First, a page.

MN Woman Files Lawsuit Amid Cucumber Salmonella Outbreak - NBC 7 San Diego

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MN Woman Files Lawsuit Amid Cucumber Salmonella Outbreak

San Diego-based produce company has recalled garden cucumbers believed to be the source of a salmonella outbreak

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    NEWSLETTERS

    Woman Files Lawsuit After Eating Tainted Cucumber

    A Minnesota woman has filed a lawsuit against a San Diego-based produce company that recalled garden cucumbers believed to be the source of a salmonella outbreak. NBC 7's Bridget Naso has more from the company. (Published Monday, Sept. 7, 2015)

    A Minnesota woman has filed a lawsuit against a San Diego-based produce company that recalled garden cucumbers believed to be the source of a salmonella outbreak. One Southern California woman has died in the outbreak, and nearly 300 people from 27 states have been sickened.

    Kathleen R. Dvergsten, of Farmington, MN, 71, ate a salad allegedly made with the salmonella-tainted cucumbers at a Red Lobster near her home on Aug. 12., according to the lawsuit filed Monday by Seattle-based food safety law firm Marler Clark, on Dvergsten's behalf.

    The cucumbers named in the lawsuit were imported from Mexico and distributed by Andrew & Williamson Fresh Produce, according to the California Department of Public Health (CDPH). The lawsuit names the California produce company as a defendent. A company spokesman told NBC 7 they are taking steps to assist in the investigation and are not aware of the lawsuit. 

    The lawsuit, the first filed in the wake of the outbreak, alleges that after Dvergsten ate at the Red Lobster, she went to the doctor and was treated for symptoms consistent with the stomach flu.

    Her symptoms worsened in the following days, the lawsuit alleges. Dvergsten claims she experienced severe stomach cramps, vomiting and near-constant diarrhea.

    She was taken to the hospital two days after the meal where her symptoms worsened further, according to the lawsuit. She developed nausea, a fever, muscle pain and weakness.

    At the hospital, she tested positive for the cucumber-related strain of salmonella, the lawsuit alleges.

    "My client was hospitalized for five days and then in a rehab center for another six days before she was able to even go home," an attorney for Dvergsten told NBC7.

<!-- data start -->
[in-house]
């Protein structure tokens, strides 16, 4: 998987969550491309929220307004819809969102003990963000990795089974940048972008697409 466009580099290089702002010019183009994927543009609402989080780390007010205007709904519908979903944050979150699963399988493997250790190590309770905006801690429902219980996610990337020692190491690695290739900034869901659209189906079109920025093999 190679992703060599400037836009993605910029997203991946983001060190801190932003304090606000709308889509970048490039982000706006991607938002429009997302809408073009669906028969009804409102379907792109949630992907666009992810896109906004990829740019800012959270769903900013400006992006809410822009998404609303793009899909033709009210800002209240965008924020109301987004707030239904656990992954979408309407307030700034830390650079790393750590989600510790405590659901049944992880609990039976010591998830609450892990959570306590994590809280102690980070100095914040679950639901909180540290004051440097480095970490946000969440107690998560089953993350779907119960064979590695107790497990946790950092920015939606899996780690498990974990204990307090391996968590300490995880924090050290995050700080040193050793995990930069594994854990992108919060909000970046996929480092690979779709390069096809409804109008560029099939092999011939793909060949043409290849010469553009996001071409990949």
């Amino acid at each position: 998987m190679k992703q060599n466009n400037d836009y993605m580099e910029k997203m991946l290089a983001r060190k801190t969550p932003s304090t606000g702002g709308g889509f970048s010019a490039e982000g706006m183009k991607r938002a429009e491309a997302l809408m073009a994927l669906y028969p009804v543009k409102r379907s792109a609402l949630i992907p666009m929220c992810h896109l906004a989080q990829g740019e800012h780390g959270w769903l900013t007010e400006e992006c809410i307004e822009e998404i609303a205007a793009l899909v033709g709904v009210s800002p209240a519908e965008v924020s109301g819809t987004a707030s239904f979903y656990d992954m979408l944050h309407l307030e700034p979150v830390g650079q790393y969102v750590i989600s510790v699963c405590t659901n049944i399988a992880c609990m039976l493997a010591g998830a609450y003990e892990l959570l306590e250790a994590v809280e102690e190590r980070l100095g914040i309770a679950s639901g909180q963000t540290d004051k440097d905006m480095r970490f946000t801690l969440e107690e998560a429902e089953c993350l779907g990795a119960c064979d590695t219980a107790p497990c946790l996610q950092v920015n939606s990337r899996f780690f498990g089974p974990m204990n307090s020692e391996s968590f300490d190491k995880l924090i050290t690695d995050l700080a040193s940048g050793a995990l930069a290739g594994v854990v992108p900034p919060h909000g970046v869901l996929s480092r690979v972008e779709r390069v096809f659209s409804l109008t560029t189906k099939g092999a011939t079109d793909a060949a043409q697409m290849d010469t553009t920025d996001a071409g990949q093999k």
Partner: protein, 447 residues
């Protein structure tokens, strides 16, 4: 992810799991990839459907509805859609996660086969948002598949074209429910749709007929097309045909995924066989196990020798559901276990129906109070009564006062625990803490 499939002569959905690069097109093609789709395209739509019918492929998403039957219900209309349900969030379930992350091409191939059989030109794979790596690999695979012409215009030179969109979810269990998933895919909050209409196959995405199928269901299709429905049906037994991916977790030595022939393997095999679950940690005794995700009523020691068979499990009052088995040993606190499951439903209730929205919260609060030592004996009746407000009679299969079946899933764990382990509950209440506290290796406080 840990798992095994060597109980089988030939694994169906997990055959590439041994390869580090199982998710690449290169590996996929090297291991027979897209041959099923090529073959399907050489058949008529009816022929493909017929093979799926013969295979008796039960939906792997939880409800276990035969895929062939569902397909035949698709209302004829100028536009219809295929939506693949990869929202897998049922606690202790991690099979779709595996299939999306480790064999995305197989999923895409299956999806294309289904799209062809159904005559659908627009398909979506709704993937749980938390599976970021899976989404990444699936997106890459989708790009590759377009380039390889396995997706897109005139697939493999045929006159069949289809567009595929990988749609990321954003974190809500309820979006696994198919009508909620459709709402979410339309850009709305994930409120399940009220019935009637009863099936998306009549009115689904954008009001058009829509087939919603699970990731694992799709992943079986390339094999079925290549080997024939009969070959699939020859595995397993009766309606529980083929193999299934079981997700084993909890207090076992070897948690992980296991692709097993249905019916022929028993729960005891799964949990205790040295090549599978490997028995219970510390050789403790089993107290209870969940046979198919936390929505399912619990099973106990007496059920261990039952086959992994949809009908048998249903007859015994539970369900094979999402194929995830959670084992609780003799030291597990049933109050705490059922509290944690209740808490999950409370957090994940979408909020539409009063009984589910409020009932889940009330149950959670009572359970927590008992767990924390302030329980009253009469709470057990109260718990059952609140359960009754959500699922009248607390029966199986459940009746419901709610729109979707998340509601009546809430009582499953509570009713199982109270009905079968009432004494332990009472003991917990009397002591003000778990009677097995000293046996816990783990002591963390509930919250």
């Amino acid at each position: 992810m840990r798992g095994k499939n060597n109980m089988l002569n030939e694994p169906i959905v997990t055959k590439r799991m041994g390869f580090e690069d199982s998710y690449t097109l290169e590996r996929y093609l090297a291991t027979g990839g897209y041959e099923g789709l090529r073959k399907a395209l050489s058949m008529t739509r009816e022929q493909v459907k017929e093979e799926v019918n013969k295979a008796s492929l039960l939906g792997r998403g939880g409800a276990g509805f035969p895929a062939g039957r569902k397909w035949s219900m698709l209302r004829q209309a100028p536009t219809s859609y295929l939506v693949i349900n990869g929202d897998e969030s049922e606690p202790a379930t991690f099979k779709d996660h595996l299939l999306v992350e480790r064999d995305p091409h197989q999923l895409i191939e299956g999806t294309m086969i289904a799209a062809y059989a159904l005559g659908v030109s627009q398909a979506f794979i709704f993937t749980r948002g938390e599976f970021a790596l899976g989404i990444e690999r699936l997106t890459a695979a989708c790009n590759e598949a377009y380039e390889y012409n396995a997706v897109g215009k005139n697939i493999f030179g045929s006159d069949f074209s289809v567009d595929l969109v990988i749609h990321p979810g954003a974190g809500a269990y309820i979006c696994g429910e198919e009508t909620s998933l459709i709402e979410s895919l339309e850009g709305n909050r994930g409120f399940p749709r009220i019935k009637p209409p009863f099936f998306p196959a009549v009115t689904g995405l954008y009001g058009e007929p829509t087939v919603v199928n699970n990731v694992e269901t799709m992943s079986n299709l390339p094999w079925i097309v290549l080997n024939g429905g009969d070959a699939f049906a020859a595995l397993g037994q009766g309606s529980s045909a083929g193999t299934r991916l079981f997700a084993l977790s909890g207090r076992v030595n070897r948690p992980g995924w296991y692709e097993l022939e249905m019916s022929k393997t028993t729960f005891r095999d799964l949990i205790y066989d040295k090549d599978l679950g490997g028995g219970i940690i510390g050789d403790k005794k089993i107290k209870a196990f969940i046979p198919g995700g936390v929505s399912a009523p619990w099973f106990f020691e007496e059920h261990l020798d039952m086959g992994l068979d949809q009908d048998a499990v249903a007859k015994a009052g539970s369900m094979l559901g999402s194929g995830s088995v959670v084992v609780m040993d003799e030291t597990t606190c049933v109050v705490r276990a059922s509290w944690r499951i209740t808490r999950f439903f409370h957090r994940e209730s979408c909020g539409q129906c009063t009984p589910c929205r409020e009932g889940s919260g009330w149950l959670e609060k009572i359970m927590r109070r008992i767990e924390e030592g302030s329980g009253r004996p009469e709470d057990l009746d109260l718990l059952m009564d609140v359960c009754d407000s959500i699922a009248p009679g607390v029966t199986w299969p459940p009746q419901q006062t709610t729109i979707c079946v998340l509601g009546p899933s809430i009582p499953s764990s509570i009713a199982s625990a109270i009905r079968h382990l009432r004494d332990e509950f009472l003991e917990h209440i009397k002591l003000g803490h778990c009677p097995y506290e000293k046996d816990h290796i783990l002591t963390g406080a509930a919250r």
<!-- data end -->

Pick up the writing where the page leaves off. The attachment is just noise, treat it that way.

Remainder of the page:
She was treated at the hospital for a week before moving to a local center for rehabilitation. On Aug. 28, she returned home to finish her recovery.

    "While it's good there's a recall now underway, it didn't come nearly soon enough," said Bill Marler, food safety advocate and managing partner at Marler Clark, in a statement. "One person has died eating what is usually a healthy food and hundreds have been sickened so far. As these cucumbers were sold to restaurants and home cooks, it's possible the number of illnesses will rise."

    In a news release Friday, CDPH said 53 people have been hospitalized with salmonella serotype Poona. Of those reports, the agency said more than 50 people from California were reporting symptoms of salmonella exposure. 54 percent of those ill are children younger than 18 years old. 

    "We issued a voluntary recall, working with federal and state authorities, we contacted all of our customers all harvest and packing operations at this facility have been stopped," David Murray, a partner with the produce company, told NBC7. "We are taking every precaution to remove this product from the market and if consumers are concerned, they should dispose of the product or bring the product back to the store where it was purchased."

    San Diego County Health Officials say a 99-year-old San Diego woman died August 17 in the outbreak.

    Grown and packed by Rancho Don Juanito in Mexico, the cucumbers were distributed between August 1 and September 3.

    "We've had a long time exclusive relationship with a Rancho Don Juanito in Baja California they are also a family business and are just as committed to food safety as we are," Murray said. "In fact, they a leader in making positive improvements in farming and food activities in Mexico."

    State officials could not identify the stores where the cucumbers were sold in San Diego. Anderson & Williamson Fresh Produce would not release the names of the retail stores that sold the cucumbers.

    The cucumbers arrived in boxes marked as "Limited Edition" brand pole-grown cucumbers but state officials say it's unlikely the cucumbers would have any identifying brand information on the shelf.

    State officials advise consumers to talk with their local grocer to ask if the cucumbers in their refrigerator may be those involved in the recall.

    Seventeen California counties have had reports of illnesses.

    The cucumbers were shipped to 22 states: Alaska, Arizona, Arkansas, California, Colorado, Florida, Idaho, Illinois, Kansas, Kentucky, Louisiana, Minnesota, Mississippi, Montana, Nevada, New Jersey, New Mexico, Oklahoma, Oregon, South Carolina, Texas, and Utah.

    The Associated Press contributed to this story.